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Tips on Productivity: Go Slow and Steady

Many years ago, I drove a 1969 Volkswagen almost 1,000 miles up and down the California coast to attend a deposition.

It was a beautiful trip, especially along the cliffy stretch between San Simeon and Carmel. Not everybody gets to see it because sometimes rock slides cover the highway. As I look back now, I realize how that drive taught me something about life.

Slow and steady wins the race. It's as true on a road trip as it is in law life. Here are some tips to help you manage your productivity in a busy law practice:

When drafting a pleading, most practitioners focus on proving their case to a judge, and never give a second thought about the general public as an audience. This may seem like the right strategy, but there are certainly some advantages to simplifying your legal writing so that the general public can understand your case, too.

For starters, judges might not be as smart as you think you are. If you are unsure about the definition of a word, they might be as well. And if you're unsure about a word you're using, the general public, with its 8th grade reading level, will more likely than not be confused. Focusing on readability is good, not just for the public, but also for your judge.

Your legal writing style, believe it or not, matters. Judges, and their clerks, appreciate clear writing devoid of unnecessary terms and phrases. However, when it comes to legal writing, court and local rules, and even individual judges' standing orders, tend to focus on formatting, citation, presentation of exhibits, and other more logistical matters.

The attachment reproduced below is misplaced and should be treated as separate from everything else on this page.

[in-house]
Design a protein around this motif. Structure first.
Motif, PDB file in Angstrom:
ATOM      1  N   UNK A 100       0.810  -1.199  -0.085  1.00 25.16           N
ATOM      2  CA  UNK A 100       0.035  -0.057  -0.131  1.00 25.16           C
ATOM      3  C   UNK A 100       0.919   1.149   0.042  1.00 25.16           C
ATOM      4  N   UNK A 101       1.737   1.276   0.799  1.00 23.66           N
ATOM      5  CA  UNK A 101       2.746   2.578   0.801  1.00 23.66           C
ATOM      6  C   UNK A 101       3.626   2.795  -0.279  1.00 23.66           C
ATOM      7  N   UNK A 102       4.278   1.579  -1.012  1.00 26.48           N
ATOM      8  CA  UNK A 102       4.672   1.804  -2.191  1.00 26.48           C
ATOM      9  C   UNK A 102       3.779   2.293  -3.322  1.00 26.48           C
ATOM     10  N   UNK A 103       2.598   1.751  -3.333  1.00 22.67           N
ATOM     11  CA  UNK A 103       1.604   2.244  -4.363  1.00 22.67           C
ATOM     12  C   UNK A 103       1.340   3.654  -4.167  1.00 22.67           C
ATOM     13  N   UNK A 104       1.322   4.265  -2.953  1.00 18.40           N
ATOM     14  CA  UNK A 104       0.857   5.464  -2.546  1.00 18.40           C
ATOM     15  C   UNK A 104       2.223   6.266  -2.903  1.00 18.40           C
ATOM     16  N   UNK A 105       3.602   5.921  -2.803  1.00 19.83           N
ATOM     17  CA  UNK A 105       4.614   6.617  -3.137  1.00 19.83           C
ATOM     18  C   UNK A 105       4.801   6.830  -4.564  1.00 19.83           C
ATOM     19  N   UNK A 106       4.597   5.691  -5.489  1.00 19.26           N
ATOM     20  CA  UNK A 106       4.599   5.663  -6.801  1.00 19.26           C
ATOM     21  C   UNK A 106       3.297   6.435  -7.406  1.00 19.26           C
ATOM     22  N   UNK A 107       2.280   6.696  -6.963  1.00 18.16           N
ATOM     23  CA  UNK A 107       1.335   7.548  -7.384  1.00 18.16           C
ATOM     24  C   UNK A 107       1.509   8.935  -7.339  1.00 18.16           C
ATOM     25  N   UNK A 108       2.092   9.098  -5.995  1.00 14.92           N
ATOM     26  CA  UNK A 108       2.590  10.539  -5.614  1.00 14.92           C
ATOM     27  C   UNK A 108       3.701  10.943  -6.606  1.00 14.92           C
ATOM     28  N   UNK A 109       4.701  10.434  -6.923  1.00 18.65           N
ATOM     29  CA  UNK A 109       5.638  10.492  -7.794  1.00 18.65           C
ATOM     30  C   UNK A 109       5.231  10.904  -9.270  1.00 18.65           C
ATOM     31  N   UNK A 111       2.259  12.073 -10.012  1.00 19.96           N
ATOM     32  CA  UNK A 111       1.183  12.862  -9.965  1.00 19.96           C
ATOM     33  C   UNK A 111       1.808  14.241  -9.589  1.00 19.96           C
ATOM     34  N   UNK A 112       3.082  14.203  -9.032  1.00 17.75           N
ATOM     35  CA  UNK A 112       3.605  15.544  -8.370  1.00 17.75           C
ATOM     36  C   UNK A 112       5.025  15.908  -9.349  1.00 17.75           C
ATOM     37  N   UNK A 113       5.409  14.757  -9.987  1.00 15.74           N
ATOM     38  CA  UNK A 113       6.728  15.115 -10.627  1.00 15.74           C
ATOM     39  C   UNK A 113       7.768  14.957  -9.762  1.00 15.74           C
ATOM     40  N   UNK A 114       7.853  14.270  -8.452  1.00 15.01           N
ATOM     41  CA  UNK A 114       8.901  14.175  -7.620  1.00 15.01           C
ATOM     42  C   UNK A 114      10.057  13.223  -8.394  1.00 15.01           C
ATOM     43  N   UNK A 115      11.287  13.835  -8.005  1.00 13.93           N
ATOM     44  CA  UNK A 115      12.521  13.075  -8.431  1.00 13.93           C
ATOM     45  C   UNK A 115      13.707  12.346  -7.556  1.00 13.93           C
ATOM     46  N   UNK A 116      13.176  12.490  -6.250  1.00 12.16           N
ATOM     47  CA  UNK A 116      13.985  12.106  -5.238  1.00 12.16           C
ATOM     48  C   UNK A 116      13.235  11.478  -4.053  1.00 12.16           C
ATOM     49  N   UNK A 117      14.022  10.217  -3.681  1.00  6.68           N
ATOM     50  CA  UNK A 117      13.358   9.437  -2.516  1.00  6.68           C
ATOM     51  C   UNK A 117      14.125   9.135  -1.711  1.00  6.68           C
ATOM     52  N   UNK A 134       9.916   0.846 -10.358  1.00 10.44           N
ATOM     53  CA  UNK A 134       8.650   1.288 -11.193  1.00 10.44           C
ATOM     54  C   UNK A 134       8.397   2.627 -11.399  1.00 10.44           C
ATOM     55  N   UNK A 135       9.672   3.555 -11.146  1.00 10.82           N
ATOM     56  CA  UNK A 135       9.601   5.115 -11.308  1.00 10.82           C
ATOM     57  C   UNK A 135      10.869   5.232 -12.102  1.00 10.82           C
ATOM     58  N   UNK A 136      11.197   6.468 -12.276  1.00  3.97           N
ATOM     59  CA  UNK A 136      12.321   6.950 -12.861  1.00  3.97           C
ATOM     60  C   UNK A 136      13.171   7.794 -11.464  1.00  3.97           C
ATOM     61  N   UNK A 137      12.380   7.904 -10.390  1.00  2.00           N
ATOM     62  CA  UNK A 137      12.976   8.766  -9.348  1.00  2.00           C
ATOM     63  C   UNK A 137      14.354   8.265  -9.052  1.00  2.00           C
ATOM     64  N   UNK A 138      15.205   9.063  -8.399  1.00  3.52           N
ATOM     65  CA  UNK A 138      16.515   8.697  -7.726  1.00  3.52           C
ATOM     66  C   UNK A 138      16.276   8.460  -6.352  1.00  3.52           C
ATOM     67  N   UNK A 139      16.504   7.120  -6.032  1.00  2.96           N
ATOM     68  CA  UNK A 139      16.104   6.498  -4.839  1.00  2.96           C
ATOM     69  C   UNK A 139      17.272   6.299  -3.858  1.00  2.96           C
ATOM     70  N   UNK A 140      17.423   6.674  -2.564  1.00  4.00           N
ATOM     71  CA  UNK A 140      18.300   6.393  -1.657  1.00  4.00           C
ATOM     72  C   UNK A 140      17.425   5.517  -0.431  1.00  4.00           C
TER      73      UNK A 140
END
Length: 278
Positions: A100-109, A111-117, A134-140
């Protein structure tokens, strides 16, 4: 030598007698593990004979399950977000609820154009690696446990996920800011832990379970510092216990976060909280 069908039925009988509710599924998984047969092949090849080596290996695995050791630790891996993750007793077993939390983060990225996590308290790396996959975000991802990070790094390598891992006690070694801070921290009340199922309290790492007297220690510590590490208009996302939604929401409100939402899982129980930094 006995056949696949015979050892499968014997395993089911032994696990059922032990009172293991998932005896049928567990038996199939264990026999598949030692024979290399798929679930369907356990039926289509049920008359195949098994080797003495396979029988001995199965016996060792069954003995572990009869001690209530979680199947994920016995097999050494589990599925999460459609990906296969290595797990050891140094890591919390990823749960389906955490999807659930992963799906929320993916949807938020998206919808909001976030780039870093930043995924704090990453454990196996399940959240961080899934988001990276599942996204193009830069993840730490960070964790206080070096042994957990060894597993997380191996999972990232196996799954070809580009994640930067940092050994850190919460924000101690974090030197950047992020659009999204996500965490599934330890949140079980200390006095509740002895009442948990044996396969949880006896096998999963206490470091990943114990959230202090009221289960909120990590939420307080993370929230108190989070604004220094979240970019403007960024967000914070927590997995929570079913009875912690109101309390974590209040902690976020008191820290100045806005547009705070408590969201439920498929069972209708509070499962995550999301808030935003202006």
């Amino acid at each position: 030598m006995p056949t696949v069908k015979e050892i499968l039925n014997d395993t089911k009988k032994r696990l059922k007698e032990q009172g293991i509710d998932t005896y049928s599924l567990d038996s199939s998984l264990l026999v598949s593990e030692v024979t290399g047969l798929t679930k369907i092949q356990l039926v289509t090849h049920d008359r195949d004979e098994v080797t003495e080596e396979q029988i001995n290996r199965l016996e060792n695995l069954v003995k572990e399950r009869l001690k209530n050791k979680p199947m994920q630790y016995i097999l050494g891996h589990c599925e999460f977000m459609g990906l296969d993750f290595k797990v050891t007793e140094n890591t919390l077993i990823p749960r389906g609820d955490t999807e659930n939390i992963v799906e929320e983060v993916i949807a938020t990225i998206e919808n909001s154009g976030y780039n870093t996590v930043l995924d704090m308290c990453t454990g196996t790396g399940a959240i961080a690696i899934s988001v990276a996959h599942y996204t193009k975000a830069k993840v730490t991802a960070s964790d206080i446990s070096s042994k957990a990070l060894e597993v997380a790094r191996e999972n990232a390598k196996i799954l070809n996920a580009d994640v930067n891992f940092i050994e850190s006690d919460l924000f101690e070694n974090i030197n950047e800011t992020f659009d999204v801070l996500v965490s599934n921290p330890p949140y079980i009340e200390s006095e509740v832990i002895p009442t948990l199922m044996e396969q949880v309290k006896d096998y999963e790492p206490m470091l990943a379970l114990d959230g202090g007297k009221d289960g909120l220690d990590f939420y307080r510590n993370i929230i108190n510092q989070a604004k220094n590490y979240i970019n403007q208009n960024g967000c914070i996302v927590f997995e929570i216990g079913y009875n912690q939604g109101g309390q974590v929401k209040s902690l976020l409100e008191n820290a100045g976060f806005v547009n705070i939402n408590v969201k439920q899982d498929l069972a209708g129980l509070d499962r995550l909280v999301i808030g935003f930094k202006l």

One of the great stylistic legal writing debates involves whether to capitalize party designations. Unfortunately, though seemingly logistic, this is not something courts usually provide official guidance on. Matters of style are left to the attorneys to figure out, or sometimes it's left to an attorney's boss to dictate. The current popular school of thought preaches the use of concise, plain language. This means that, as much as possible, a pleading should be understandable by a layperson. But what about capitalization?

Solo Lawyers: Tips for Working on Your Summer Vacation

'Working vacation' is an oxymoron, especially for solo attorneys.

So why do we plunge head first into the ritual? It's like starting a journey, knowing that you'll never get to your destination.

But such is the attorney's fate, and so we soldier on with our lattes in life. Here are some ideas for your next working vacation:

Time to Raise Your Billable Rate?

When is it time to raise your billable rate?

When you want to buy a new BMW. Just kidding, sort of.

Deciding when to raise your rates depends on a number of factors, but always involves calculating the bottom line: how much do you need to stay in business?

What's Your Practice Worth?

Thinking about selling your practice?

If so, the next question may help you make up your mind. How much is it worth?